Like many other acts of a certain vintage, XTC are currently reissuing some highlights from their discography and just out is 1992’s Nonsuch, which is now available in two different versions, one a CD+DVD-A, the other a CD+Blu-ray edition, both with wads of extras.

Very good Nonsuch is too, crammed as it is with idiosyncratic pastoral pop from the perennially underachieving West Country combo who at this point consisted of Andy Partridge, Colin Moulding and Dave Gregory.

Opener The Ballad of Peter Pumpkinhead immediately demonstrates Partridge’s peerless ability to pen exquisite and peculiar pop nuggets – named after a pumpkin that he’d carved for his children one Halloween, the track developed into a tale of somebody who pays a price for being pretty much perfect, appropriately enough, it sounds pretty much perfect too; Humble Daisy harked back to the golden age of The Beach Boys and could have been a lost gem from an old bootleg of Smile and Crocodile is four minutes of joyous psych flavoured fun on the theme of jealousy.

Nonsuch, though, wasn’t much of a commercial success first time round even if it did earn the occasional glowing review in the music press. In the age of grunge, where guitars were loud and distorted and when young men with unkempt hair were howling out angsty lyrics, Seattle seemed to be on everyone’s lips. Swindon was not.

Maybe if Britpop had hatched just a little earlier, Nonsuch might have struck a chord with a much larger chunk of the British record and CD buying public who, via the likes of Blur, would soon be rediscovering the great British songwriting tradition of artists like Ray Davies. Certainly the influence of XTC is clear on Blur’s Modern Life is Rubbish, released a year later.

Of course, XTC wouldn’t be taking advantage of this trend as it peaked in the middle part of the 1990s, as, pissed off with what they perceived as their label Virgin’s substandard promotion of Nonsuch, they went on strike and didn’t bring out another album till Apple Venus Volume 1 in 1999.

Actually musical fashion wasn’t the only problem facing Nonsuch, which, come to think of it, wasn’t the greatest title possible either was it?* Likewise, the cover wasn’t much of an attention grabber either but, worst of all, XTC’s touring days were already effectively over due to the acute stagefright that Partridge experienced whenever he appeared in front of an audience.

Back in their early days, XTC had actually been pretty prolific giggers. During the era of punk and new wave, they appeared at most of the cool venues of the time: the Roxy in Covent Garden, the Electric Circus in Manchester and Liverpool Eric’s – and, that November, on a short trip north of the border, they fitted in dates at the Maniqui in Falkirk and Clouds in Edinburgh. They visited Glasgow twice in ’78 but both times were booked to play at the students only QMU so I couldn’t get to see them – didn’t know any students and was underage anyway. Never did get to see them live. Boo. Hiss.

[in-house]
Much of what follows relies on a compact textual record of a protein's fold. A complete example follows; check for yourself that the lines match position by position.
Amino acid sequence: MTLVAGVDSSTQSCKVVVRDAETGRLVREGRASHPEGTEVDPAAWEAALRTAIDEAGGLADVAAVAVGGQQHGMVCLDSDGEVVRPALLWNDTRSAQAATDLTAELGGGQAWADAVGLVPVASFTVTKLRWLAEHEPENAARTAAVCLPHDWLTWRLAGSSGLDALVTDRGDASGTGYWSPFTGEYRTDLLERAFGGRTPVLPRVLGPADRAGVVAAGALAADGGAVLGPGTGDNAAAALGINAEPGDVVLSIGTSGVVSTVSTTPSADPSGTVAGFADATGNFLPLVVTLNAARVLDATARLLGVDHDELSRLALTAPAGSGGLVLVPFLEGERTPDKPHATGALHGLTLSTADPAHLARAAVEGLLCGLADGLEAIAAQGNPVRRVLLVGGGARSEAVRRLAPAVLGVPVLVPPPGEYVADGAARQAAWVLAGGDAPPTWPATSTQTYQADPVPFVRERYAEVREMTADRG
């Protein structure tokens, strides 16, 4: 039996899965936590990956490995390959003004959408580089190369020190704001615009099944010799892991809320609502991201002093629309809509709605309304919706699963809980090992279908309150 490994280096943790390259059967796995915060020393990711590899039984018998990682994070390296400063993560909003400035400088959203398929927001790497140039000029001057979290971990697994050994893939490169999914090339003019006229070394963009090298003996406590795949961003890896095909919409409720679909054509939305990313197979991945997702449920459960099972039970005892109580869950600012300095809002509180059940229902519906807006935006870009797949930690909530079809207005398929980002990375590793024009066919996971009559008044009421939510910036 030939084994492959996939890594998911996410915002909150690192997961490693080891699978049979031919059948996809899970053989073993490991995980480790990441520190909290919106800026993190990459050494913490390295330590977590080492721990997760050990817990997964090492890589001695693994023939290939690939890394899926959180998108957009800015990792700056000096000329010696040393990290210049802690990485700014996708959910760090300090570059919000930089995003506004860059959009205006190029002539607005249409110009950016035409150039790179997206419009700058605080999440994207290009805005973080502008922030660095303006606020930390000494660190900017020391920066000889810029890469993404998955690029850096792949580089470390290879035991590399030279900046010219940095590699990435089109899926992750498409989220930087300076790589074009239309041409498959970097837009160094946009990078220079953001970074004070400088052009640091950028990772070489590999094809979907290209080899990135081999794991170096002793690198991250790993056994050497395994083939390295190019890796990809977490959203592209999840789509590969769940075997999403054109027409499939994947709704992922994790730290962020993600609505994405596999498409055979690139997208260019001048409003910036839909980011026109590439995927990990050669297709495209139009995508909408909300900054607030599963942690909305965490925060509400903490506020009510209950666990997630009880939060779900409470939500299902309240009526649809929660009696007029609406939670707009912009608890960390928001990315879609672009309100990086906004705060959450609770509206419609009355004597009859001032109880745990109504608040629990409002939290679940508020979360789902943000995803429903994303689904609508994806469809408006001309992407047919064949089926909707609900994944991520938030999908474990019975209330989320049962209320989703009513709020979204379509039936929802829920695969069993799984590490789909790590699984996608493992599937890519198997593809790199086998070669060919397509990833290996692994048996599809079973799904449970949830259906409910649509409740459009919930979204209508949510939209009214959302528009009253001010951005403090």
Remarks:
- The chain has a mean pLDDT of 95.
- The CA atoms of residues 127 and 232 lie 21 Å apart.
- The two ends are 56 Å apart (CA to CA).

Like many new groups of the time I first heard them when John Peel aired a session of theirs back in 1977 when Radio 1 would shut down at 7.00 for three hours and transmit whatever happened to be on sister station Radio 2 before reappearing with Peel, who would broadcast from ten till midnight five nights a week, the station promptly closing down again immediately afterwards.

This version of Radios in Motion was recorded on the 20th of June at BBC Studio Maida Vale 4 and was transmitted by Peel four nights later.

Radios in Motion, which usually opened early XTC shows, was also chosen to kick off their debut album, 1978’s White Music.

The introduction with the radio dial tuning into a variety of stations was dropped when they went into the Manor Studio in Oxfordshire and producer John Leckie pointed out that Live! in the Air Age by Be Bop Deluxe, an album that he’d been heavily involved with, had used something similar. None of the band had heard that album.

Fifteen years after that first Peel sesh, XTC made what by that point was a very rare appearance on BBC 2’s The Late Show. Introduced by a young Kirsty Wark, they performed the song that originally closed Nonsuch, Books Are Burning, which possessed a late period Beatles feel and a fine guitar duel near the end between Partridge and Dave Gregory. The song, written largely in response to The Satanic Verses controversy was one that Andy was immensely proud of.

XTC Trivia: The line in Radios in Motion, There’s a message in Milwaukee, is mainly down to the fact that Andy Partridge had an aunt who lived in, you’ve guessed it, Milwaukee.

* A variant of nonesuch, in case you didn’t know (& I didn’t). It means a person or thing without equal.